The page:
Constructive journalism has recently been put forward as a remedy to some of the ailments that plague contemporary journalism and traditional news media. The constitutive element of the constructive approach is the prioritization of solutions-focused news stories. Rather than merely reporting negative, conflict-driven news about societal problems, this approach argues that journalism should focus more on presenting potential solutions to issues. The main argument for more solutions-focused news is sustained by psychological research showing that negative, problem-focused news contributes to “compassion fatigue”, leaving the public feeling depressed, disengaged and disempowered. Solutions-focused news stories, on the other hand, could mitigate news avoidance, instill hope, and empower people to engage with societal issues on a personal and collective level.
The aim of the project
Despite the increasing popularity in journalism practice, academic research on constructive journalism is still evolving; we know very little about the extent to which constructive journalism actually delivers on its promises. This project aims to fill this research gap by presenting an audience-focused approach to the study of constructive journalism in the news media, using a mixed-method design integrating content analyses, reception analyses, survey-based experiments, and laboratory experiments.
The aim of the project is to examine how audiences respond (think, feel, and do) to journalistic storytelling that sets out to be solutions-focused, compared with traditional problem-focused stories. In doing this, we also aim to address the broader significance and implications of constructive journalism for the audience and for the role of news media and journalism in society more broadly.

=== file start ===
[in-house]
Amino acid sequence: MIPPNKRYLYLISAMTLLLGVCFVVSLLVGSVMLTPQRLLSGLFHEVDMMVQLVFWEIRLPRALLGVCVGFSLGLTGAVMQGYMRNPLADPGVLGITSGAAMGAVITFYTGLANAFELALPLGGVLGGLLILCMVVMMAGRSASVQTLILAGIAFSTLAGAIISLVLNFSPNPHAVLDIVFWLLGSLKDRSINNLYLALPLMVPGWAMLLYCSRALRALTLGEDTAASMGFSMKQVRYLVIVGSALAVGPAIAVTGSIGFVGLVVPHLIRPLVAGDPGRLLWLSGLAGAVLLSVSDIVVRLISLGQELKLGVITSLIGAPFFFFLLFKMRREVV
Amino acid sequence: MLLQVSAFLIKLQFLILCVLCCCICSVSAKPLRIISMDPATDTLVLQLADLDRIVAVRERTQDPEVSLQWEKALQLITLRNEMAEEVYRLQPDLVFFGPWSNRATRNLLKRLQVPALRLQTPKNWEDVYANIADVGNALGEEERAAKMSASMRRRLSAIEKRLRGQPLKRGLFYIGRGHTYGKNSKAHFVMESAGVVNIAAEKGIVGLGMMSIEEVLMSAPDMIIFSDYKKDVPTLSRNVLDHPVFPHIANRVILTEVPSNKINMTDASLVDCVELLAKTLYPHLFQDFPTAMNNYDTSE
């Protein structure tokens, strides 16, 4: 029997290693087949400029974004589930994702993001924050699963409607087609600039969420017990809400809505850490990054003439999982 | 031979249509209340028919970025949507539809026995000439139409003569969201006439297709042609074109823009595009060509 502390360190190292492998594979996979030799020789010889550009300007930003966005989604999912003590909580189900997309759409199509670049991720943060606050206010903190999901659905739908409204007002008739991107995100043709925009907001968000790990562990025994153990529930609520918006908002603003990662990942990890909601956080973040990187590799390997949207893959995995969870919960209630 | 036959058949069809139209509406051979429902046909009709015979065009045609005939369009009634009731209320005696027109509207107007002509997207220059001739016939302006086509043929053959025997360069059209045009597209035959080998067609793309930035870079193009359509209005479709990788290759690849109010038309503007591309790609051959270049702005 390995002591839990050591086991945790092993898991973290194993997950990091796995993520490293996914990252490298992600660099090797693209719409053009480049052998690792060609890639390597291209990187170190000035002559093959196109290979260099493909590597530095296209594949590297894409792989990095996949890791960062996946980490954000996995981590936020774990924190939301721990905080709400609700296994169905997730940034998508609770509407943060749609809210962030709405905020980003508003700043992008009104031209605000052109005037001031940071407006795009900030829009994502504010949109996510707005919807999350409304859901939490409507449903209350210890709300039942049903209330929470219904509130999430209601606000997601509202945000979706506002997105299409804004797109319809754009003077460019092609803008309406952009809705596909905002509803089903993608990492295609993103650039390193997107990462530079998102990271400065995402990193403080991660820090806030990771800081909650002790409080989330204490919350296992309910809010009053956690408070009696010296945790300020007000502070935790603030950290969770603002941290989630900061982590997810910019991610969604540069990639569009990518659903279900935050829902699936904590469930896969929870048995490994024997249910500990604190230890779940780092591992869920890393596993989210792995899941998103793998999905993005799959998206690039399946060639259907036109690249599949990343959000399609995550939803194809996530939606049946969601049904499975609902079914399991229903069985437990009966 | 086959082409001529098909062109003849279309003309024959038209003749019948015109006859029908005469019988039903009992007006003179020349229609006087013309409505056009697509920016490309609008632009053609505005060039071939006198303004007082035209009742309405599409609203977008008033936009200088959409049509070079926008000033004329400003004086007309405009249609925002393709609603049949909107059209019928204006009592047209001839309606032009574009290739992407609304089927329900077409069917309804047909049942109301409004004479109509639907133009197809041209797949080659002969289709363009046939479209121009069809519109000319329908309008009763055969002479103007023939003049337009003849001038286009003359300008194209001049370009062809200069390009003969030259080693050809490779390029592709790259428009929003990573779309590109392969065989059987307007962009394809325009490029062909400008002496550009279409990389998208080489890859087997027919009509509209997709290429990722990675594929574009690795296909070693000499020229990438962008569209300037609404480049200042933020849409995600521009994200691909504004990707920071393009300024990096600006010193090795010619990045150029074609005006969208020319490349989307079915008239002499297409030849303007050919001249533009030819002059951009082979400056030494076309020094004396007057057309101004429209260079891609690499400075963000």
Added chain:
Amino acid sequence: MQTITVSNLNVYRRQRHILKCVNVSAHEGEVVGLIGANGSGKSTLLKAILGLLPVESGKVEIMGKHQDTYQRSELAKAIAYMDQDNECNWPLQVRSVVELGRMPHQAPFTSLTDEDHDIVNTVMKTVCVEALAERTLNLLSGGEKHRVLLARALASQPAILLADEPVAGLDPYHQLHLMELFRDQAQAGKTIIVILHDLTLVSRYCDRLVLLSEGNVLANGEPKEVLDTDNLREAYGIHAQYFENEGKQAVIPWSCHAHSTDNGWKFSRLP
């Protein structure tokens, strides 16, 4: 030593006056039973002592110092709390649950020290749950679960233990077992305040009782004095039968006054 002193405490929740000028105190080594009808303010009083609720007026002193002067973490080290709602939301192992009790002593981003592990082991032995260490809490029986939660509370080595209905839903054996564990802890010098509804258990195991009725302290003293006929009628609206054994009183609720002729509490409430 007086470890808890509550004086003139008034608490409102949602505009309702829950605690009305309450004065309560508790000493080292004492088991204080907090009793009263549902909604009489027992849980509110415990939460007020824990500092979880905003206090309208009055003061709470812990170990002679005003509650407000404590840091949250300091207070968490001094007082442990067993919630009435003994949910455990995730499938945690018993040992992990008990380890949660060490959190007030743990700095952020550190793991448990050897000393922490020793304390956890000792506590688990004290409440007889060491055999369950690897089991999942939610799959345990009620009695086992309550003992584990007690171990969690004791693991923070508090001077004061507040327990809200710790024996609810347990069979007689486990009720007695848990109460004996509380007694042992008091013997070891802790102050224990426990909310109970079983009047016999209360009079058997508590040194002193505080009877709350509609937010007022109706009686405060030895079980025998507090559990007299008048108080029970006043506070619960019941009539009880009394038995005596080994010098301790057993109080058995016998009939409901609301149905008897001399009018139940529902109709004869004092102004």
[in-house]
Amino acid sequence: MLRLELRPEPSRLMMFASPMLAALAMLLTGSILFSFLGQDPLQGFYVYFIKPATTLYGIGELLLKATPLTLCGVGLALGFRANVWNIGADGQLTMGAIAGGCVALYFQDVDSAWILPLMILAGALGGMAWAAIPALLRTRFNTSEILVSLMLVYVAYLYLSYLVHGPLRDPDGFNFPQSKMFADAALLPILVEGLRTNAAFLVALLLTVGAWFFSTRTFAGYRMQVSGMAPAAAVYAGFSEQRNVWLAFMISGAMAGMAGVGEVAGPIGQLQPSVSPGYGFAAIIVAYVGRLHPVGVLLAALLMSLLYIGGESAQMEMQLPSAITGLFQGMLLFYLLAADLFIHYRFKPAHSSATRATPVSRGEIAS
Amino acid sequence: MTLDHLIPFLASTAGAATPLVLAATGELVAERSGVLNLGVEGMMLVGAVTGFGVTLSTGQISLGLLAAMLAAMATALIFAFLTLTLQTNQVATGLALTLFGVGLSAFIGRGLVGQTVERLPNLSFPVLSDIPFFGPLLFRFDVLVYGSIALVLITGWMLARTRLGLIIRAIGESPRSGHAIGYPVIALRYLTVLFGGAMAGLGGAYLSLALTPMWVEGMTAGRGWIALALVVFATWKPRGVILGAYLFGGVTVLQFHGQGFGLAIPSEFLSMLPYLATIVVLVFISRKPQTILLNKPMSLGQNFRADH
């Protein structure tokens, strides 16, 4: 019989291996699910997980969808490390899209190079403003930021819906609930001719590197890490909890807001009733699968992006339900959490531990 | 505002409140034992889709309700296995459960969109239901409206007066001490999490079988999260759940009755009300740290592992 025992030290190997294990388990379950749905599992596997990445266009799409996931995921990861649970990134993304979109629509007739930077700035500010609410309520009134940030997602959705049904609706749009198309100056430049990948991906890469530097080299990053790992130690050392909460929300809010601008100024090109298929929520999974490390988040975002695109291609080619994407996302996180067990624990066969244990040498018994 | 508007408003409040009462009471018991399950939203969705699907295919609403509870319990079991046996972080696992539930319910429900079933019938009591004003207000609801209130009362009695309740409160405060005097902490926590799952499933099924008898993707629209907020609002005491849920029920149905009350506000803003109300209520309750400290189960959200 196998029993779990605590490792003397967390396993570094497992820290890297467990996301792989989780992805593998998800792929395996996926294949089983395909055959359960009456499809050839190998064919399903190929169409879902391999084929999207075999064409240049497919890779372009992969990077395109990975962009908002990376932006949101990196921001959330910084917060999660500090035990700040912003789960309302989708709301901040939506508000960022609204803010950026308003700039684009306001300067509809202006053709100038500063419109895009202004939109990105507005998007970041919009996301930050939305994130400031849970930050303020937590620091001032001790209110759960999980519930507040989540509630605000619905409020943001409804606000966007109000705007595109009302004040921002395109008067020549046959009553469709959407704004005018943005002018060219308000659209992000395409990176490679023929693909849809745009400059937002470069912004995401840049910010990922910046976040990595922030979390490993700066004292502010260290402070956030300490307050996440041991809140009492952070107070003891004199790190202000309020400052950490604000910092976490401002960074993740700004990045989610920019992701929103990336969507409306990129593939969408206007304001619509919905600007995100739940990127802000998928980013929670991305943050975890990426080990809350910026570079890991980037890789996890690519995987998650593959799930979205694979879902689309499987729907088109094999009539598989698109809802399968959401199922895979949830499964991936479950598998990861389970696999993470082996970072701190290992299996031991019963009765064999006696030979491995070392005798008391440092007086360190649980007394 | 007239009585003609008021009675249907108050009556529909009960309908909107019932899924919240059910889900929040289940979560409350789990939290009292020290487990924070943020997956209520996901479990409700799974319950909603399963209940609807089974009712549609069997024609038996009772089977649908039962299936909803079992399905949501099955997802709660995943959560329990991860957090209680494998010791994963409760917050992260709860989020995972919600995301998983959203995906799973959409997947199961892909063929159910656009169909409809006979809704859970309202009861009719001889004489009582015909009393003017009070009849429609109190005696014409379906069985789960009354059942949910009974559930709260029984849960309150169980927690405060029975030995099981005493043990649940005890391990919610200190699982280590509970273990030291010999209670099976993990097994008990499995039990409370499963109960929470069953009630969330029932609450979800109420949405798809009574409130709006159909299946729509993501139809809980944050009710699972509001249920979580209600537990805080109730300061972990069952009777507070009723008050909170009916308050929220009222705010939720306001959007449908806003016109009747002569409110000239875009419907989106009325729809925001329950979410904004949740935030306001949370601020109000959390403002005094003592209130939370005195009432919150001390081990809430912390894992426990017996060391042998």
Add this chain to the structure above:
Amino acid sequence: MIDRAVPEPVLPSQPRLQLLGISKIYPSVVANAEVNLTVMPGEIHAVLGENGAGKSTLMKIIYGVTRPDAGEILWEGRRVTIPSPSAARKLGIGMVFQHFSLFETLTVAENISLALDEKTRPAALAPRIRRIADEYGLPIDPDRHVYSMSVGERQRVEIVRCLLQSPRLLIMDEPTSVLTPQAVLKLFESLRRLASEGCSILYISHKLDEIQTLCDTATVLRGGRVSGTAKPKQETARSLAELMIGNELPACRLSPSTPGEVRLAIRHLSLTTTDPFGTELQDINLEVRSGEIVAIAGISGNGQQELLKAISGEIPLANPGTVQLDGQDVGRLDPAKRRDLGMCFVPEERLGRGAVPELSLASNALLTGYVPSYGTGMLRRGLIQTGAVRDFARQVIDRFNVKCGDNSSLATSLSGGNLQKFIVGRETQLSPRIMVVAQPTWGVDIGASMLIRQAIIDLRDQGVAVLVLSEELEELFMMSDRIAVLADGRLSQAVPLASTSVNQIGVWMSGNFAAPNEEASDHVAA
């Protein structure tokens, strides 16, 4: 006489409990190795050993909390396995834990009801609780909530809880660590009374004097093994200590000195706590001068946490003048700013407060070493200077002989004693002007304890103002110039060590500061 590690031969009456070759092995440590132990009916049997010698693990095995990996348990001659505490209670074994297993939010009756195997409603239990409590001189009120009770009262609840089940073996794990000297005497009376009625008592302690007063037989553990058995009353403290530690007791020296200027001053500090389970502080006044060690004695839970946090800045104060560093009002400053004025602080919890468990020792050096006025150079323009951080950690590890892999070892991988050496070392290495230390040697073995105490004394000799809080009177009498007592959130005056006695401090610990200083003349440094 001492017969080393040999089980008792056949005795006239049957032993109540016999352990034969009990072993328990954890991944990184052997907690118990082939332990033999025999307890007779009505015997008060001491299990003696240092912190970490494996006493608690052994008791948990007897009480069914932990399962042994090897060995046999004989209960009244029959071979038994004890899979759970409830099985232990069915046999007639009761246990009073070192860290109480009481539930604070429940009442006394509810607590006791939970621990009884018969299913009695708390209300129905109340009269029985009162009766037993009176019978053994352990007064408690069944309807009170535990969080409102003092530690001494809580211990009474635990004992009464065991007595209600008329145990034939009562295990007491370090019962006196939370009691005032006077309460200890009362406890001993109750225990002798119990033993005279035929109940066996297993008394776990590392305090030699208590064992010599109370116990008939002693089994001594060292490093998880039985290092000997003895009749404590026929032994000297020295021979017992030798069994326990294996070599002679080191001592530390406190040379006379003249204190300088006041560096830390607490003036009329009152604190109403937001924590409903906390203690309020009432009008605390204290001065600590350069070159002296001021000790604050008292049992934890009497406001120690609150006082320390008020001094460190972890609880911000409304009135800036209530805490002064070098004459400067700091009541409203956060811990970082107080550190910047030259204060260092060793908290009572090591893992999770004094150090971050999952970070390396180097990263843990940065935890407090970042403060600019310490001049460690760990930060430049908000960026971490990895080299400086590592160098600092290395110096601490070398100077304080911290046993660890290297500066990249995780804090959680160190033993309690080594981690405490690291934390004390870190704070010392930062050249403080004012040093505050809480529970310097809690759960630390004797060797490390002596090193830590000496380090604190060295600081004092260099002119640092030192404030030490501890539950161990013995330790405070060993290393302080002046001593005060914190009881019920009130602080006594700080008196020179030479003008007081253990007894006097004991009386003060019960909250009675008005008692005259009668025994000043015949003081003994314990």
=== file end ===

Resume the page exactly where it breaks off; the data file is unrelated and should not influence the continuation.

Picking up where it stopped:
The project group
The project group consists of professor Monika Djerf-Pierre (project leader, JMG, University of Gothenburg), professor Mats Ekström (JMG), associate professor Adam Shehata (JMG), and professor Andreas Olsson (Department of Clinical Neuroscience at Karolinska Institute). The project is funded by The Swedish Research Council (2023-2026).
The project consists of four parts:
- The content analysis has the wider aim of charting the prevalence and characteristics of solutions-based reporting in news journalism. These analyses are conducted during the first year of the project, to provide a basis for identifying and selecting the actual problems and solutions, as well as the storytelling techniques, that will be used in the focus group studies and experiments. The goal is to identify and characterize different storytelling “models” for solutions-focused news, comprising both frames and discursive elements.
- The focus groups are used to examine audiences’ active interpretations of the news, and the engagement with news topics shaped and articulated in discussions with family and friends. How people make sense of the news, and the positions they adopt, depends on social contexts, pre-understandings and experiences of the topics reported on. Moreover, this is a social process in which news are related to and interpreted in the everyday conversations.
- The survey experiments are conducted in collaboration with Laboratory of Opinion Research (LORE) at the University of Gothenburg. The survey-based approach to large-scale experiments allows us to examine general responses to solutions-focused stories across different groups of participants, but also to identify individual differences based on the participants prior experiences and knowledge.
- The laboratory experiments constitute the final stage of the project, building on the experiences drawn from the focus groups and survey experiments. The methods draw from the latest research in experimental psychology and affective neuroscience to capture key emotional and attentional processes involved in information processing. Measures of verbal responses will be complemented with indices of non-verbal responses.